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UPDATED: November 27, 2008 NO. 48 NOV. 27, 2008
CRISIS FOCUS: Balance Game
Analysts fret that the government's spending spree may complicate the country's efforts to edge toward a consumption-driven economy

China has acted swiftly and resolutely to recover the brisk economic growth it has enjoyed in the past five years. But growth is not everything. Analysts fret that the government's spending spree may complicate the country's efforts to edge toward a consumption-driven economy. What should we do to prevent the economy from falling off a cliff and at the same time switch the mix of growth from exports and investment to consumption? Yu Yongding, Director of the Institute of World Economics and Politics at the Chinese Academy of Social Sciences, discussed this issue in an interview with China Securities Journal. Excerpts follow:

Long-time ailment

As the U.S. financial contagion stirs some waves in the world economic waters, China has felt the pain of the export slack. Many exporters have even been forced to cease production in case of further losses. Meanwhile, as the real estate euphoria evaporates, a string of upstream sectors, such as iron and steel, electricity and coal, also have been left in the doldrums. In the face of dim prospects, the enterprises in those sectors have held back their investments, further crimping the economy.

But the seeds of today's misery, in fact, had been sowed years ago. The country had adopted tightening monetary instruments from 2004 to calm down the overheating economy. The tightening hand eased as of the second half of 2005 when the economy showed signs of contraction. Ever since then, the economy had been on bullish runs and reached a peak around 2006, leading to industrial overcapacity and frothy asset prices.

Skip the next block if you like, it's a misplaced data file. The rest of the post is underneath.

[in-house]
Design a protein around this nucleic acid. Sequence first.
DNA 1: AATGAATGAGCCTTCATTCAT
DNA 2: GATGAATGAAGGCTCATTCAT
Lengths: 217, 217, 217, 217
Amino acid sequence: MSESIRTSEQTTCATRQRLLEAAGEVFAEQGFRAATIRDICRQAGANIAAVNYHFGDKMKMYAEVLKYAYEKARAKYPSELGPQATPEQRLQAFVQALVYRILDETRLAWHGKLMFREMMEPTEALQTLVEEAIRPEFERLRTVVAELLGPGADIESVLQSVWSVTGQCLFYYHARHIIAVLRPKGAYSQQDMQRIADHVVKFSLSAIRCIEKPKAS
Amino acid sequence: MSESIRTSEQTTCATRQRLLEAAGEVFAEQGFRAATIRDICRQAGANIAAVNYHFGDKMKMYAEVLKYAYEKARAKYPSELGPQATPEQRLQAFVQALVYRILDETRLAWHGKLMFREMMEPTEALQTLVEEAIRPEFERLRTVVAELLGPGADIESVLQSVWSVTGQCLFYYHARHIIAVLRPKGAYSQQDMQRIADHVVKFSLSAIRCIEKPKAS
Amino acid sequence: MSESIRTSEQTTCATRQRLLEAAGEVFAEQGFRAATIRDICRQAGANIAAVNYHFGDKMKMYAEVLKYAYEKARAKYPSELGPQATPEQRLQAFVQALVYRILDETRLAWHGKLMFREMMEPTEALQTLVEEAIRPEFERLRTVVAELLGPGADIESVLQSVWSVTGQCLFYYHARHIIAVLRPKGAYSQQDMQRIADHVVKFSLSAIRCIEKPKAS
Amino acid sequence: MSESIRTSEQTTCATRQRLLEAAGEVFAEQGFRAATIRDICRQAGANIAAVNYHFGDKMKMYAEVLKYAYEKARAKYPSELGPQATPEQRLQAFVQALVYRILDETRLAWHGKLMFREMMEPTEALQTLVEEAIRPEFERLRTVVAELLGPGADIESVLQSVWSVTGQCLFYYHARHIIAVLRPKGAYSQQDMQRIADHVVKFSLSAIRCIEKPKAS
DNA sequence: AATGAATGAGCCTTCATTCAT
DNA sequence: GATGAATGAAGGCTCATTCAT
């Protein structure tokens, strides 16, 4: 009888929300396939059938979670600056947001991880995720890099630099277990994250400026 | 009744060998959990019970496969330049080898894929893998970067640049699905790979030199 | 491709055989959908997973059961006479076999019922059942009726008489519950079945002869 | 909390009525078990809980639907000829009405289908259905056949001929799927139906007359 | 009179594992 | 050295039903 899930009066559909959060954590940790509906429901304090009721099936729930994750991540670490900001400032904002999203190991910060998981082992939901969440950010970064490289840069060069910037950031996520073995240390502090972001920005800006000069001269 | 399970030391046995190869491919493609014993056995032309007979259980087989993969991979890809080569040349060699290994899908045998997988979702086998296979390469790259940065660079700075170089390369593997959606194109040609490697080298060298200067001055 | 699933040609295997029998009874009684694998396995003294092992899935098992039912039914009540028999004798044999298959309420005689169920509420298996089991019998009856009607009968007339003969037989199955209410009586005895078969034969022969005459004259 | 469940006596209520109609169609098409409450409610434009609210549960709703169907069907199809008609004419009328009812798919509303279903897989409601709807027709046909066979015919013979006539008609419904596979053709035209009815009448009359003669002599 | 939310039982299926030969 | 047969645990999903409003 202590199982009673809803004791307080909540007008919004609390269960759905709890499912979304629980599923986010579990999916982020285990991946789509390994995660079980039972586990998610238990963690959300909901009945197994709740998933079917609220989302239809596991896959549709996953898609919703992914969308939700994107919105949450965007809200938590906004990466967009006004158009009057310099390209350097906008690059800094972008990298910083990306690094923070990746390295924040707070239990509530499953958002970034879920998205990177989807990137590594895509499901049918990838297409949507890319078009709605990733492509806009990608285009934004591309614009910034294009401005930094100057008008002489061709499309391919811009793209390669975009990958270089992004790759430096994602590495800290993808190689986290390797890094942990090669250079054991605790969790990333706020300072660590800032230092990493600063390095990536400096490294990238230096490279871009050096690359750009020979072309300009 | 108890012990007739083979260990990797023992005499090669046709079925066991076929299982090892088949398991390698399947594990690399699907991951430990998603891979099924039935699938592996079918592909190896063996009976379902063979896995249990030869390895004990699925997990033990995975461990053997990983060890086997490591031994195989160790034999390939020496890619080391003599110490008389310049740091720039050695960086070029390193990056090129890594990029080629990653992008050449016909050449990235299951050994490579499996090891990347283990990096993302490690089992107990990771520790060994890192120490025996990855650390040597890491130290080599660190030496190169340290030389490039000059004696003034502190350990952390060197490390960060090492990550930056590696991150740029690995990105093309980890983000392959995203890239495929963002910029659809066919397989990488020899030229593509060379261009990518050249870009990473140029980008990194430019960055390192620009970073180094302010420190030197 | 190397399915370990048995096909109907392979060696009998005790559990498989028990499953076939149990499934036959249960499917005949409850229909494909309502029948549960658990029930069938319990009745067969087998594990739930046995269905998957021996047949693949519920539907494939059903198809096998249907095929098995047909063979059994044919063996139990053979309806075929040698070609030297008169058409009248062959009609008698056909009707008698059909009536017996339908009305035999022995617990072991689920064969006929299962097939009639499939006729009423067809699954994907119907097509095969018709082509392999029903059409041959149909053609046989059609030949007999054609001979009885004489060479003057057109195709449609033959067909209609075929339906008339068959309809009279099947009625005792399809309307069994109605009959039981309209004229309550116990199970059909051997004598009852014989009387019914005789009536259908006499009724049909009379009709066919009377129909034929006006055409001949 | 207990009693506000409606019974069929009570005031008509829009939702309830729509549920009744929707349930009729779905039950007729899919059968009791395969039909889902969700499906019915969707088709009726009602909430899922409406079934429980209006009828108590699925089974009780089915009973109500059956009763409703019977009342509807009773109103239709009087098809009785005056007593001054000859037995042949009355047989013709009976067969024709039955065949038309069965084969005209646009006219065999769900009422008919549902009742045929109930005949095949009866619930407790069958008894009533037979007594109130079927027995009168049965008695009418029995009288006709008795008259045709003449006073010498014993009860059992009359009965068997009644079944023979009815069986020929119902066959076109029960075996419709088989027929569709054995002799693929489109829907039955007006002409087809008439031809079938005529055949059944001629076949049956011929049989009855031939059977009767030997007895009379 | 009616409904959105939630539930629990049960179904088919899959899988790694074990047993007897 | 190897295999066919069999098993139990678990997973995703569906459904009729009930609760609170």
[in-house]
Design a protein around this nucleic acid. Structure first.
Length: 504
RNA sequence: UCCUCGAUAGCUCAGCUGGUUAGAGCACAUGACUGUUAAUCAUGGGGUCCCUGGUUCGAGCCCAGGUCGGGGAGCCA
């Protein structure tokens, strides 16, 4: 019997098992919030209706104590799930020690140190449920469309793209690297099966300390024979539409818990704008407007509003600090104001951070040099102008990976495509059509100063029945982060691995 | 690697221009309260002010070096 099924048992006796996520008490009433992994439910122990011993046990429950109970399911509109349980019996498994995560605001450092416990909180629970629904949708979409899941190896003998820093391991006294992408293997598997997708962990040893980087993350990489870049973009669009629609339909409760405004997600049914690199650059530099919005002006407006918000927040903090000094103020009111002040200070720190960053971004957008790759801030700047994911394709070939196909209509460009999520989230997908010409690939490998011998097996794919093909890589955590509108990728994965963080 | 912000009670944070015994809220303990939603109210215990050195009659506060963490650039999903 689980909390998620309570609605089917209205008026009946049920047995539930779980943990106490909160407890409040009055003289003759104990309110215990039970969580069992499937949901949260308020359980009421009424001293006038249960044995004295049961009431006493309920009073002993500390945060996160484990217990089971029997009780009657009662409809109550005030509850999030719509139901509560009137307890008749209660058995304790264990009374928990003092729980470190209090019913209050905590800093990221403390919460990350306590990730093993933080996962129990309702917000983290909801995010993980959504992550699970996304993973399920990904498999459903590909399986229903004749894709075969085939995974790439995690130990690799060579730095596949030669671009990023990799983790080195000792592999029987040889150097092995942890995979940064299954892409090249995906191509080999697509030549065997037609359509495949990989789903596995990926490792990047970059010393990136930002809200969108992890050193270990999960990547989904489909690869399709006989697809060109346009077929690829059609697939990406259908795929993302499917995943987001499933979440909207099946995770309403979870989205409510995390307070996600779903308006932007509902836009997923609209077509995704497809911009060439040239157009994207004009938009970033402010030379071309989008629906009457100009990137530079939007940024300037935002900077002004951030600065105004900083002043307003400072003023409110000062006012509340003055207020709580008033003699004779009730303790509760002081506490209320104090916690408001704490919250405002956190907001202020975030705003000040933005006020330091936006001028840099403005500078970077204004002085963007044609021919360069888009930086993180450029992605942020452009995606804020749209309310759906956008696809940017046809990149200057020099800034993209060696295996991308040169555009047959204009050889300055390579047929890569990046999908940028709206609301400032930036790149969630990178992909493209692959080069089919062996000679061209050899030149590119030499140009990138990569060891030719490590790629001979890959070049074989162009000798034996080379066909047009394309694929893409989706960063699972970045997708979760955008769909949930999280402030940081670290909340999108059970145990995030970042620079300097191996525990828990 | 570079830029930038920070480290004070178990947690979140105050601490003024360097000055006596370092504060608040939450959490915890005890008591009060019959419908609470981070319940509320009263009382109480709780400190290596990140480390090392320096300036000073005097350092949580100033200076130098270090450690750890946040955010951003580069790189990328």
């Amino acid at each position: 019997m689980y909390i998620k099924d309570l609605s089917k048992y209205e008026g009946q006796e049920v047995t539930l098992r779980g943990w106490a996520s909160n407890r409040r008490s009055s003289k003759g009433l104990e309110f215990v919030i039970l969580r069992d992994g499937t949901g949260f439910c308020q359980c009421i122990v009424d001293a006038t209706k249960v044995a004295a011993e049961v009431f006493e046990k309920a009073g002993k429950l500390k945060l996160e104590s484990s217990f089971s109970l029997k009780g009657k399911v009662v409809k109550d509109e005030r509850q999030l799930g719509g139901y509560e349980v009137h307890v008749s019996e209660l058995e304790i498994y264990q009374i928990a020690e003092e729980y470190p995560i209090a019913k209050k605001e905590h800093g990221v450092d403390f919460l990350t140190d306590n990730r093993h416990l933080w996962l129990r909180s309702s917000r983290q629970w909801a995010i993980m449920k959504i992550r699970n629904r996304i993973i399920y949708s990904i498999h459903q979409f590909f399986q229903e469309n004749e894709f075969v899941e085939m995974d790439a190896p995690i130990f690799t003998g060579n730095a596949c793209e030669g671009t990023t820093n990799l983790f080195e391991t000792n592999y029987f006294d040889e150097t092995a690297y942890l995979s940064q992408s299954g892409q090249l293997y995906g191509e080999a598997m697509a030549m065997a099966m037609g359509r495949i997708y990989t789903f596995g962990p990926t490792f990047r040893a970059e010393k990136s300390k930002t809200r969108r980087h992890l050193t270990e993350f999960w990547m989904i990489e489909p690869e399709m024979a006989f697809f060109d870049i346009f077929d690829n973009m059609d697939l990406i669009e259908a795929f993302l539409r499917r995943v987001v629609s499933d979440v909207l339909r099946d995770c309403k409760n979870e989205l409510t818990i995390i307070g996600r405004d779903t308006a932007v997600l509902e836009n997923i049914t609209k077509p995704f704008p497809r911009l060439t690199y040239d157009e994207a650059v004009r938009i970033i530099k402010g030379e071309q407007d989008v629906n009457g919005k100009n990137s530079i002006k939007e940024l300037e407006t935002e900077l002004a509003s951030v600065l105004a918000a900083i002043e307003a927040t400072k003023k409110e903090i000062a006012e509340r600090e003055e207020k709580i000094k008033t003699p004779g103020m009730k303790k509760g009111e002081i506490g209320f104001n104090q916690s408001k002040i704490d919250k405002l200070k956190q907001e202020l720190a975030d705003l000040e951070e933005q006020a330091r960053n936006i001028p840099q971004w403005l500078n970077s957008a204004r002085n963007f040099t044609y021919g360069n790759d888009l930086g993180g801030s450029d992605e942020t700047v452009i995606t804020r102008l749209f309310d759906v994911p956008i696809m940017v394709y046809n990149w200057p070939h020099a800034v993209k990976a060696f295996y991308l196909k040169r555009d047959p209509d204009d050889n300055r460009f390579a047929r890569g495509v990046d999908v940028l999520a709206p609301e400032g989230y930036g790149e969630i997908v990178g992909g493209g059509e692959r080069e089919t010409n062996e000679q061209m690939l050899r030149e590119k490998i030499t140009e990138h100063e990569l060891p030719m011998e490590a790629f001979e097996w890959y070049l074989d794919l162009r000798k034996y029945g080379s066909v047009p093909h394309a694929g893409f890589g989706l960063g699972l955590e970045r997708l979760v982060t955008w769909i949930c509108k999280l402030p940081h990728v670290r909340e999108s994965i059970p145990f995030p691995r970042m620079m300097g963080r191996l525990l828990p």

As a result, the current slowdown is owed in large part to the country's traditional growth model that was over-dependent on exports and investments.

Model balance

The external conditions for China may become worse if the United States is stuck in a protracted recession. Vigorous efforts therefore would be needed to hold economic growth well above 8 percent, but not necessarily the staggering 12 percent that had exceeded the capacity that the country could bear. A growth rate between 8 and 9 percent would be a rational one, and it would be of no gain to pursue overly-fast growth at the expense of economic structure improvement.

The export sector, currently on a downward trend, calls for more stabilizing efforts. But more importantly, we should seek to relieve the country's reliance on exports to maintain growth. In addition, we are not supposed to depreciate the yuan to make our exports more competitive as otherwise trade friction and protectionism would rear their ugly heads.

The weight of real estate investments in the GDP also should be kept under control. Real estate investments have accounted for roughly 10 percent of the country's GDP, far surpassing the percentage of GDP that those investments comprise in developed countries.

The government's 4-trillion-yuan ($586 billion) fiscal stimulus package is expected to play an effective role in moderating the economic slowdown. But during the implementation process we should keep the imbalance of the growth structure from further worsening.

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